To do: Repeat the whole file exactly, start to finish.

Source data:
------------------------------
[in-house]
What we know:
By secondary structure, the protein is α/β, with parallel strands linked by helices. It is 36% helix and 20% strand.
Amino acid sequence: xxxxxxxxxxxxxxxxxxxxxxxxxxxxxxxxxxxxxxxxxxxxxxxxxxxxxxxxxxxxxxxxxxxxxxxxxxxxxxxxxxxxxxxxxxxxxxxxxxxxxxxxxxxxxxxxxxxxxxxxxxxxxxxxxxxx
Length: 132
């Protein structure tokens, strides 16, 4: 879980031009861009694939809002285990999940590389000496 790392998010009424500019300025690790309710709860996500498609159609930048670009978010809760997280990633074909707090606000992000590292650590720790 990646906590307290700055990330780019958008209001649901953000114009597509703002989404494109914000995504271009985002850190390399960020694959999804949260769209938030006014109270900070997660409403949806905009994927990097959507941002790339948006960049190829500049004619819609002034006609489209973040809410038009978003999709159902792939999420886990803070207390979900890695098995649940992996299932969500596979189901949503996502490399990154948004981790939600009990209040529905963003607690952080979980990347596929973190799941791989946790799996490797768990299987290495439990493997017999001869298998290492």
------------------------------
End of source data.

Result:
[in-house]
What we know:
By secondary structure, the protein is α/β, with parallel strands linked by helices. It is 36% helix and 20% strand.
Amino acid sequence: xxxxxxxxxxxxxxxxxxxxxxxxxxxxxxxxxxxxxxxxxxxxxxxxxxxxxxxxxxxxxxxxxxxxxxxxxxxxxxxxxxxxxxxxxxxxxxxxxxxxxxxxxxxxxxxxxxxxxxxxxxxxxxxxxxxx
Length: 132
């Protein structure tokens, strides 16, 4: 879980031009861009694939809002285990999940590389000496 790392998010009424500019300025690790309710709860996500498609159609930048670009978010809760997280990633074909707090606000992000590292650590720790 990646906590307290700055990330780019958008209001649901953000114009597509703002989404494109914000995504271009985002850190390399960020694959999804949260769209938030006014109270900070997660409403949806905009994927990097959507941002790339948006960049190829500049004619819609002034006609489209973040809410038009978003999709159902792939999420886990803070207390979900890695098995649940992996299932969500596979189901949503996502490399990154948004981790939600009990209040529905963003607690952080979980990347596929973190799941791989946790799996490797768990299987290495439990493997017999001869298998290492």